Where does this leave someone who, like myself, believes that Alexander the Great, Napoleon, Lincoln, J F Kennedy and John Paul I died as a result of conspiracies, but has no time for the "cover-up" theories that Princess Diana was a victim of the British secret service, that William Rufus was killed in the New Forest in 1100 by a fertility cult, that Clive of India was murdered by political enemies, that General Patton's death in 1945 in a car crash was a disguised assassination or that aliens landed in Roswell, New Mexico, in 1947?

The rest of this article is only available to active members of Questia

Sign up now for a free, 1-day trial and receive full access to:

  • Questia's entire collection
  • Automatic bibliography creation
  • More helpful research tools like notes, citations, and highlights
  • Ad-free environment

Already a member? Log in now.

Notes for this article

Add a new note
If you are trying to select text to create highlights or citations, remember that you must now click or tap on the first word, and then click or tap on the last word.
One moment ...
Project items

Items saved from this article

This article has been saved
Highlights (0)
Some of your highlights are legacy items.

Highlights saved before July 30, 2012 will not be displayed on their respective source pages.

You can easily re-create the highlights by opening the book page or article, selecting the text, and clicking “Highlight.”

Citations (0)
Some of your citations are legacy items.

Any citation created before July 30, 2012 will labeled as a “Cited page.” New citations will be saved as cited passages, pages or articles.

We also added the ability to view new citations from your projects or the book or article where you created them.

Notes (0)
Bookmarks (0)

You have no saved items from this article

Project items include:
  • Saved book/article
  • Highlights
  • Quotes/citations
  • Notes
  • Bookmarks
Notes
Cite this article

Cited article

Style
Citations are available only to our active members.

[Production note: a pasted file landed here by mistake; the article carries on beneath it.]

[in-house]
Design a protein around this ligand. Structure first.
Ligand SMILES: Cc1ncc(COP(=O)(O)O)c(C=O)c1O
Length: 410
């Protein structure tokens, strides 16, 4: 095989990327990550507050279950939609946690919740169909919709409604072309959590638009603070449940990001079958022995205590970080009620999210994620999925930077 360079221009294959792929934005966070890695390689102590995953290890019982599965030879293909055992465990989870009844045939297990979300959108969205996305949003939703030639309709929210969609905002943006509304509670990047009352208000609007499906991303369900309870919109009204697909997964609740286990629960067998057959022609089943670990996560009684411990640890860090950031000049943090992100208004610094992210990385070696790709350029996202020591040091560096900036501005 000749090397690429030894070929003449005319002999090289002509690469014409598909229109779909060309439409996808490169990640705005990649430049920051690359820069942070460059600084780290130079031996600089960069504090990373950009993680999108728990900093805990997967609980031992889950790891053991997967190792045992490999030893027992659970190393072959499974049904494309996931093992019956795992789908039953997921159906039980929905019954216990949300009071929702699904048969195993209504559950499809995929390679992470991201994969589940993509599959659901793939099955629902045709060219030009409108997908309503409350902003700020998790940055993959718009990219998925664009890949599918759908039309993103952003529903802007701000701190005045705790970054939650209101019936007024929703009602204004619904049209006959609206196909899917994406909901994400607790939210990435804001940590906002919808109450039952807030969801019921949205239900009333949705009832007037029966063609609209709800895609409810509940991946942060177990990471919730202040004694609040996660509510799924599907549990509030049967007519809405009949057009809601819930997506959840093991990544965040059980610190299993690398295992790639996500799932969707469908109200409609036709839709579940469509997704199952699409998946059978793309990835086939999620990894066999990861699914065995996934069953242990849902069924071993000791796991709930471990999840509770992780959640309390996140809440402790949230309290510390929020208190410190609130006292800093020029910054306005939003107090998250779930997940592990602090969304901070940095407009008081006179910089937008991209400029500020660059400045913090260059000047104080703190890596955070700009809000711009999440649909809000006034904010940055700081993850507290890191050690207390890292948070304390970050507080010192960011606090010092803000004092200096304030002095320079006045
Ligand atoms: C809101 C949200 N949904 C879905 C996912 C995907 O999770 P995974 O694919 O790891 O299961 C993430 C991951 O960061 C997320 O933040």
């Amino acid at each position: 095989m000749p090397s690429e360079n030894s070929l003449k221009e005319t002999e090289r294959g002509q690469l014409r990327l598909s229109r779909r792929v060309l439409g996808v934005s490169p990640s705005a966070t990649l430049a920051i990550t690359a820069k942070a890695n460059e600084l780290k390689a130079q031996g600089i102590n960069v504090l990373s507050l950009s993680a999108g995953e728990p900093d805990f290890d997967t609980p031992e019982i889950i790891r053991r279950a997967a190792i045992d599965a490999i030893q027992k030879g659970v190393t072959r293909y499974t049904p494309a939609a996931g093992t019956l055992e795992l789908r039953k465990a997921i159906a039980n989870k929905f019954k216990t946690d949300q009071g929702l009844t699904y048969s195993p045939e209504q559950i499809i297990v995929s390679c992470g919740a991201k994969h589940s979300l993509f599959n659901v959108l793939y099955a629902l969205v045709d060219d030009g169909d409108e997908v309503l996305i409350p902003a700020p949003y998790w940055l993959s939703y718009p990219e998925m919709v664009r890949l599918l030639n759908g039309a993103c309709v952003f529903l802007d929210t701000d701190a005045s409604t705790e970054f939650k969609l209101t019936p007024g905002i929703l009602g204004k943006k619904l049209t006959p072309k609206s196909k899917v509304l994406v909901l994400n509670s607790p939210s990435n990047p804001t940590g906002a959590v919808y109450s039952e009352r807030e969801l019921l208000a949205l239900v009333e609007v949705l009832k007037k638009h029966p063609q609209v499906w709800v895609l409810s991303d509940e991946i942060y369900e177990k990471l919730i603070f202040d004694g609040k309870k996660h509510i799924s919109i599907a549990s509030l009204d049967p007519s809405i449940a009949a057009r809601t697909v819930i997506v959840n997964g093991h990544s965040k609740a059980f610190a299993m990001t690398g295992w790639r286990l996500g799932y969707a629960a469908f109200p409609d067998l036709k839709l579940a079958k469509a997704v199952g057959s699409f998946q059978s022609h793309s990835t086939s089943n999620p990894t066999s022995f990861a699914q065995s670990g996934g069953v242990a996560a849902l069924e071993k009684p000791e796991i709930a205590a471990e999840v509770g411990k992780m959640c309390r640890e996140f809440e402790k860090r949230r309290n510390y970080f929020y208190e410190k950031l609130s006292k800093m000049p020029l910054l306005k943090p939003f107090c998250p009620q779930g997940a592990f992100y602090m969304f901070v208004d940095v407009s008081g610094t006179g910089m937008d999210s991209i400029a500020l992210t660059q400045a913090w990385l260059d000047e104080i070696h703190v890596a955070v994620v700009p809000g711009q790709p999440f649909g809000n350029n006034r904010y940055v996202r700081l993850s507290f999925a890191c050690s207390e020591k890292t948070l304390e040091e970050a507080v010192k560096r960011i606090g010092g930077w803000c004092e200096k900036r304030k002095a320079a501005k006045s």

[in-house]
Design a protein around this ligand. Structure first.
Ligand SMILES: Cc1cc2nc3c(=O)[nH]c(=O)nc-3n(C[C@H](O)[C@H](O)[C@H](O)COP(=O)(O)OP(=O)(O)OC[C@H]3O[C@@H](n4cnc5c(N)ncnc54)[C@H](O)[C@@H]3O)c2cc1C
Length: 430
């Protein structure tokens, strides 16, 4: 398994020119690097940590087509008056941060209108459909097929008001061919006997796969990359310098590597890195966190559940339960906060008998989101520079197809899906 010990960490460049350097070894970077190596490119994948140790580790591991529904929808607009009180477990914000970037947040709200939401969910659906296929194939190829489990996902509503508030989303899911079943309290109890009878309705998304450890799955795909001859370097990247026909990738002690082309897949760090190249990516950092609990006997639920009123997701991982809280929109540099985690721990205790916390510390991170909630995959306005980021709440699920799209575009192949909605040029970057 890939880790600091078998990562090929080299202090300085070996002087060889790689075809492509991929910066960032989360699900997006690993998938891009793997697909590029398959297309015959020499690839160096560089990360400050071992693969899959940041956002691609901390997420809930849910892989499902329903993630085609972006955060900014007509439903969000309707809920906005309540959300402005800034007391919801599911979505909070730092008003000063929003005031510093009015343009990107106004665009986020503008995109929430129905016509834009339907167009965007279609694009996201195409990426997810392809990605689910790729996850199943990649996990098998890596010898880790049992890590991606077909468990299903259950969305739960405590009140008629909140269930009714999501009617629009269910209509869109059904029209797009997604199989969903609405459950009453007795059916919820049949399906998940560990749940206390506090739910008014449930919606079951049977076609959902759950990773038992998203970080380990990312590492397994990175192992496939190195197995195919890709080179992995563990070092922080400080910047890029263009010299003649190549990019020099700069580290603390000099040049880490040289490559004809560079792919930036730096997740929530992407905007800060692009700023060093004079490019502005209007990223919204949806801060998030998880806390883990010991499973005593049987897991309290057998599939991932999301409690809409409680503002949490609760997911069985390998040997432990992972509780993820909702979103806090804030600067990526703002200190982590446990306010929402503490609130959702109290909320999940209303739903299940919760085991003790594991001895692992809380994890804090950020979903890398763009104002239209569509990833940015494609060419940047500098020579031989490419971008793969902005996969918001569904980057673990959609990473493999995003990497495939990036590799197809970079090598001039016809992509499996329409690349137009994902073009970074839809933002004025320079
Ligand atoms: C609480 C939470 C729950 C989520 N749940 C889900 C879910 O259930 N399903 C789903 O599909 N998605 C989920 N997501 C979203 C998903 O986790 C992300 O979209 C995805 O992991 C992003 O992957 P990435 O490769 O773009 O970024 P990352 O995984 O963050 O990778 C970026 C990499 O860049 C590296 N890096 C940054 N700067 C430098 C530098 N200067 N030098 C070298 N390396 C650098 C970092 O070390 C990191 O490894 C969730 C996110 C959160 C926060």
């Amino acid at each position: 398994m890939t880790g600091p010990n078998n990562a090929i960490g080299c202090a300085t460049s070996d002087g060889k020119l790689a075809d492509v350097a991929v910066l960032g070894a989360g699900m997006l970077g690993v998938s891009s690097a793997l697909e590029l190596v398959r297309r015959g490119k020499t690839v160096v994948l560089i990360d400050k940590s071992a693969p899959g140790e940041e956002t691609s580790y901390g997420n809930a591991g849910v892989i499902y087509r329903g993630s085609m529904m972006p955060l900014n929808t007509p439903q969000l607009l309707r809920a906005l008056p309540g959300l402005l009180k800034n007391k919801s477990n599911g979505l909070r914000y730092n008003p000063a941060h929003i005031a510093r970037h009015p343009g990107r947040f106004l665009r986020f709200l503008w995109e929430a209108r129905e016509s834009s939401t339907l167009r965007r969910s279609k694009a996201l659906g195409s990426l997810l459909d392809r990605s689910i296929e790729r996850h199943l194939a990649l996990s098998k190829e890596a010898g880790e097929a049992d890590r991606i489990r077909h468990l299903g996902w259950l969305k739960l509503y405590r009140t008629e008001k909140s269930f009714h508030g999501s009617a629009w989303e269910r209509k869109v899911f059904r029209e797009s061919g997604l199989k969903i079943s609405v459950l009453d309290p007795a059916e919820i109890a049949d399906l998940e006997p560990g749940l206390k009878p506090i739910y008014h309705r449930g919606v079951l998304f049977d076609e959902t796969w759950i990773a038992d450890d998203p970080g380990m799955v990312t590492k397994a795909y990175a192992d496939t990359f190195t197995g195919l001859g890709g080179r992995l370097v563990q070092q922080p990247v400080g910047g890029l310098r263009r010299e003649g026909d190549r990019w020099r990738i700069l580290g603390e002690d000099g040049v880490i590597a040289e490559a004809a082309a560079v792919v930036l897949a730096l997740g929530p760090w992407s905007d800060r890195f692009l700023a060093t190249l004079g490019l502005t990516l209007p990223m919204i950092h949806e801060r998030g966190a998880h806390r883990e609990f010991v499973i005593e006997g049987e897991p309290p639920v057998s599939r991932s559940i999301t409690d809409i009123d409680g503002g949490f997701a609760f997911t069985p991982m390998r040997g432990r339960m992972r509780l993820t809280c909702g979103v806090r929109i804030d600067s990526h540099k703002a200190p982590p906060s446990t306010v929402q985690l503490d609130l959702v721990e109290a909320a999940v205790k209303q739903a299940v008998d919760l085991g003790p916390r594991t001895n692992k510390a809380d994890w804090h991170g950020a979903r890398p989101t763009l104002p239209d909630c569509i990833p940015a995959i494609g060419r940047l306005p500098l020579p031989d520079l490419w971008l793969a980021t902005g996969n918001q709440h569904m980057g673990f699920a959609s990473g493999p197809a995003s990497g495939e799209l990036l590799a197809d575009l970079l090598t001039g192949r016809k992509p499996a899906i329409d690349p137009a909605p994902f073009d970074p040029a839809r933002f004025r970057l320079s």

Sign up now to cite pages or passages in MLA, APA and Chicago citation styles.

(Einhorn, 1992, p. 25)

(Einhorn 25)

1

1. Lois J. Einhorn, Abraham Lincoln, the Orator: Penetrating the Lincoln Legend (Westport, CT: Greenwood Press, 1992), 25, http://www.questia.com/read/27419298.

Cited article

History Isn't Always a Cock-Up
Settings

Settings

Typeface
Text size Smaller Larger
Search within

Search within this article

Look up

Look up a word

  • Dictionary
  • Thesaurus
Please submit a word or phrase above.
Print this page

Print this page

Why can't I print more than one page at a time?

Full screen

matching results for page

Cited passage

Style
Citations are available only to our active members.
Sign up now to cite pages or passages in MLA, APA and Chicago citation styles.

"Portraying himself as an honest, ordinary person helped Lincoln identify with his audiences." (Einhorn, 1992, p. 25).

"Portraying himself as an honest, ordinary person helped Lincoln identify with his audiences." (Einhorn 25)

"Portraying himself as an honest, ordinary person helped Lincoln identify with his audiences."1

1. Lois J. Einhorn, Abraham Lincoln, the Orator: Penetrating the Lincoln Legend (Westport, CT: Greenwood Press, 1992), 25, http://www.questia.com/read/27419298.

Cited passage

Welcome to the new Questia Reader

The Questia Reader has been updated to provide you with an even better online reading experience.  It is now 100% Responsive, which means you can read our books and articles on any sized device you wish.  All of your favorite tools like notes, highlights, and citations are still here, but the way you select text has been updated to be easier to use, especially on touchscreen devices.  Here's how:

1. Click or tap the first word you want to select.
2. Click or tap the last word you want to select.

OK, got it!

Thanks for trying Questia!

Please continue trying out our research tools, but please note, full functionality is available only to our active members.

Your work will be lost once you leave this Web page.

For full access in an ad-free environment, sign up now for a FREE, 1-day trial.

Already a member? Log in now.